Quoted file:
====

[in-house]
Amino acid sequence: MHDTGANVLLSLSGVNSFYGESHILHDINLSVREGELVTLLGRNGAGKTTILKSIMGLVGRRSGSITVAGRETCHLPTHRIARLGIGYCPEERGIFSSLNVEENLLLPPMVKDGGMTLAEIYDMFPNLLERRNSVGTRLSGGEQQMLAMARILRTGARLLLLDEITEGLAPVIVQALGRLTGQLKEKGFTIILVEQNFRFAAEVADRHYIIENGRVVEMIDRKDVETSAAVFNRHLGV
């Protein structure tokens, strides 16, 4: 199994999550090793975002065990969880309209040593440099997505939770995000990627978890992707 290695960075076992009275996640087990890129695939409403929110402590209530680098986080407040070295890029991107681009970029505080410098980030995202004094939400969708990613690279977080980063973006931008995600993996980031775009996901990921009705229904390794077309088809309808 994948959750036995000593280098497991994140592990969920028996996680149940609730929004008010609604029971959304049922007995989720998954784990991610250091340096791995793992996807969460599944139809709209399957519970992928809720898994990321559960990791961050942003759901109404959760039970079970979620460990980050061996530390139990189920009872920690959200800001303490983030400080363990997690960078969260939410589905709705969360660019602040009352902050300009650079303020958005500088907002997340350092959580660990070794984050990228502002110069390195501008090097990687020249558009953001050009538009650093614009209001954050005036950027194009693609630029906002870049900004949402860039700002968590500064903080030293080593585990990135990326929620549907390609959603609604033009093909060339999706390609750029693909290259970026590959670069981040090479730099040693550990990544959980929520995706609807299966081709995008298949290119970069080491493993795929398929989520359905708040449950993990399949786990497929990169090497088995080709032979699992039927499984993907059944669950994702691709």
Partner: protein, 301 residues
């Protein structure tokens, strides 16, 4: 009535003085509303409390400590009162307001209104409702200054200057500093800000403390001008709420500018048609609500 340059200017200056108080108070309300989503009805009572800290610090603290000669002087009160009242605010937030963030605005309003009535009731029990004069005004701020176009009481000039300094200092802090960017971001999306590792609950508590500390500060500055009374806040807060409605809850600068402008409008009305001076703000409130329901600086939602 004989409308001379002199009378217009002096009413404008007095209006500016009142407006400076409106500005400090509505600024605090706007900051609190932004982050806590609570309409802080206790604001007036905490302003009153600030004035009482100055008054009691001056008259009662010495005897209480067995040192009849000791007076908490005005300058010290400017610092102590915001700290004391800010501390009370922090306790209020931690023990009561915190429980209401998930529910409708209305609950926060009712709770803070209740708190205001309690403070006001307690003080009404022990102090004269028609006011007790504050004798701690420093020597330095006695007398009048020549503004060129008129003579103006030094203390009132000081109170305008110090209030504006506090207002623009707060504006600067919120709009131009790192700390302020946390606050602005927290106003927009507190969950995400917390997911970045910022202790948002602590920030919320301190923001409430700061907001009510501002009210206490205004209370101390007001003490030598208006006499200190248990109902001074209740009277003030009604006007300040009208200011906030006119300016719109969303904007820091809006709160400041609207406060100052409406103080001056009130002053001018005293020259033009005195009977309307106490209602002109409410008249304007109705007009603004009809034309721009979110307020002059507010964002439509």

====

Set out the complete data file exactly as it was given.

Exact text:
[in-house]
Amino acid sequence: MHDTGANVLLSLSGVNSFYGESHILHDINLSVREGELVTLLGRNGAGKTTILKSIMGLVGRRSGSITVAGRETCHLPTHRIARLGIGYCPEERGIFSSLNVEENLLLPPMVKDGGMTLAEIYDMFPNLLERRNSVGTRLSGGEQQMLAMARILRTGARLLLLDEITEGLAPVIVQALGRLTGQLKEKGFTIILVEQNFRFAAEVADRHYIIENGRVVEMIDRKDVETSAAVFNRHLGV
């Protein structure tokens, strides 16, 4: 199994999550090793975002065990969880309209040593440099997505939770995000990627978890992707 290695960075076992009275996640087990890129695939409403929110402590209530680098986080407040070295890029991107681009970029505080410098980030995202004094939400969708990613690279977080980063973006931008995600993996980031775009996901990921009705229904390794077309088809309808 994948959750036995000593280098497991994140592990969920028996996680149940609730929004008010609604029971959304049922007995989720998954784990991610250091340096791995793992996807969460599944139809709209399957519970992928809720898994990321559960990791961050942003759901109404959760039970079970979620460990980050061996530390139990189920009872920690959200800001303490983030400080363990997690960078969260939410589905709705969360660019602040009352902050300009650079303020958005500088907002997340350092959580660990070794984050990228502002110069390195501008090097990687020249558009953001050009538009650093614009209001954050005036950027194009693609630029906002870049900004949402860039700002968590500064903080030293080593585990990135990326929620549907390609959603609604033009093909060339999706390609750029693909290259970026590959670069981040090479730099040693550990990544959980929520995706609807299966081709995008298949290119970069080491493993795929398929989520359905708040449950993990399949786990497929990169090497088995080709032979699992039927499984993907059944669950994702691709």
Partner: protein, 301 residues
């Protein structure tokens, strides 16, 4: 009535003085509303409390400590009162307001209104409702200054200057500093800000403390001008709420500018048609609500 340059200017200056108080108070309300989503009805009572800290610090603290000669002087009160009242605010937030963030605005309003009535009731029990004069005004701020176009009481000039300094200092802090960017971001999306590792609950508590500390500060500055009374806040807060409605809850600068402008409008009305001076703000409130329901600086939602 004989409308001379002199009378217009002096009413404008007095209006500016009142407006400076409106500005400090509505600024605090706007900051609190932004982050806590609570309409802080206790604001007036905490302003009153600030004035009482100055008054009691001056008259009662010495005897209480067995040192009849000791007076908490005005300058010290400017610092102590915001700290004391800010501390009370922090306790209020931690023990009561915190429980209401998930529910409708209305609950926060009712709770803070209740708190205001309690403070006001307690003080009404022990102090004269028609006011007790504050004798701690420093020597330095006695007398009048020549503004060129008129003579103006030094203390009132000081109170305008110090209030504006506090207002623009707060504006600067919120709009131009790192700390302020946390606050602005927290106003927009507190969950995400917390997911970045910022202790948002602590920030919320301190923001409430700061907001009510501002009210206490205004209370101390007001003490030598208006006499200190248990109902001074209740009277003030009604006007300040009208200011906030006119300016719109969303904007820091809006709160400041609207406060100052409406103080001056009130002053001018005293020259033009005195009977309307106490209602002109409410008249304007109705007009603004009809034309721009979110307020002059507010964002439509």